How online communities could foster radicalization
- Online communities help people find other people with whom they have an interest or a worldview.
- A new study finds that the shared moral outrage that can arise within such communities often leads to radicalization.
- The more a person has the impression that everyone in a community agrees, the more they invest in the group. This investment can encourage them to feel free to express extreme opinions.
Disagreement in a democracy is not new. It may even be the foundation of democracy, as people with different points of view come together to find common ground on which to move forward together.
Lately, however, for Americans such collaboration has seemed increasingly unlikely due to growing anger and the disturbing willingness by some to adopt violence as an acceptable tactic.
A new study led by researchers at the University of Southern California (USC) explores the role of online communities in the rise of such radical positions.
The study finds that the higher the level of moral agreement in an online community, the more likely its members will feel free to engage in hate speech.
Lead author of the study, Dr. Mohammad Atari of USC, said Medical News Today:
“There is good data to suggest that polarization has increased, which means, in part, that Americans increasingly view ‘other’ party members as morally corrupt.”
âI certainly see that part of the problem is rooted in social media platforms. People tend to fit into environments and sources of information and bots with ideological views, etc. Â», He continued. “Therefore, they don’t see the big picture – that there are good people, with different opinions, who are not bad.”
“People who find themselves in a ‘bubble’, so to speak – in which their ideas, beliefs and values ââare strongly reinforced – might continue to form a visceral bond with their group,” says Dr Atari, addressing at the Society for Personality and Social Psychology (SPSP).
“In these situations, people can engage in drastic acts in defense of their group, ranging from a tweet filled with outrage to an attack on a federal building.”
Of course, not all chat platforms or online groups lead to such radicalization. As Dr Atari pointed out MNT, “If a group of Twitter users are interested in green tea or classic cars, it’s hard to imagine anything extraordinarily pernicious coming out of this bubble.”
The new study appears in Social psychology and personality sciences.
The researchers began their exploration with the Gab chat platform because, write the study’s authors, “it claims to celebrate free speech and has attracted a large number of users who identify with the ideologies of it. ‘far right”.
Based on a manual analysis of 7,692 messages from 800 randomly selected Gab users, the researchers developed a neural network model that analyzed 24,978,951 messages from 236,823 English Gab posters.
Researchers have found, said Dr Atari, that “when people come together in moralized bubbles around a subject – for example, immigration – they become more likely to develop a deep sense of moral duty to act. according to their moral convictions “.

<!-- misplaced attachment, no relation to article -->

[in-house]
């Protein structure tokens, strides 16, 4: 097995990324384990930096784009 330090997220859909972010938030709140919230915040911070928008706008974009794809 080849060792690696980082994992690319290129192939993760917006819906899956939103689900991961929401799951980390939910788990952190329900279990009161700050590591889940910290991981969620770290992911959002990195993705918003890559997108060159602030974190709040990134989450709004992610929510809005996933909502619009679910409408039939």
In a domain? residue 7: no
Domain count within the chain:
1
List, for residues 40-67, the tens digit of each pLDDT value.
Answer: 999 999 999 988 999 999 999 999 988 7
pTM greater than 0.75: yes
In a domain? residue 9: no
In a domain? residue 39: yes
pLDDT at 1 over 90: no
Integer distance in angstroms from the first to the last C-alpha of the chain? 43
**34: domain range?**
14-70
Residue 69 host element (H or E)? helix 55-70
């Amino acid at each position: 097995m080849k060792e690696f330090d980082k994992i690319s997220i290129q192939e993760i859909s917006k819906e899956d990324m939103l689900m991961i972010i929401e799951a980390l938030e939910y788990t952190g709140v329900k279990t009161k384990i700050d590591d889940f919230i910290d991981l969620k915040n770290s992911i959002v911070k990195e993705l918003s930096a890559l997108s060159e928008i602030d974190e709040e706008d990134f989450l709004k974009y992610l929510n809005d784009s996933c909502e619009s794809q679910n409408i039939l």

The researchers then looked at another network: the “misogynistic subreddit” called Incels, which was founded as a place to eat for “unintentional bachelors.” After removing users with fewer than five posts, the researchers analyzed the posts of 11,454 frequent posters.
In the Incels subreddit, 10,240 (89.8%) of users posted at least one hate speech against women.
Finally, the researchers conducted three follow-up trials. These confirmed that the more a poster believes itself to belong to a morally like-minded community, the more likely it is to express radical intentions, including, for some, a willingness to fight or die for the group.
Dr Atari noted: âSocial media platforms don’t particularly care about this; their algorithms are designed to maximize profit, not welfare.
With more and more people spending more time online – and in their own bubbles – the American conversation may well become even more fractured and hostile.
“It would be a Herculean task to reverse the trend in the short term, but it is not impossible,” said Dr Atari. MNT. âThere is a ton of work that can be done on the policy side to create better social media platforms that protect privacy, freedom, mental health and access to reliable information, rather than exposing users to disinformation, hatred and ‘others’. ‘”
Tell the study authors:
“Our results underscore the importance of moral diversity in online social networks to avoid emotional polarization and the creation of moral echo chambers that could contribute to radicalization through the formation of cult-like identities to which individuals s. ‘tie vehemently. “
The authors caution that their searches relate only to Western English-speaking users. Its conclusions do not necessarily apply to other cultures and places.
Speaking to the SPSP, Dr Atari concludes:
âWhat I am most convinced of is that putting you in an extremely homogeneous environment where no one disagrees with your values ââor [they cheer] ” Yeah ! Is not an ideal environment. And it might even radicalize you.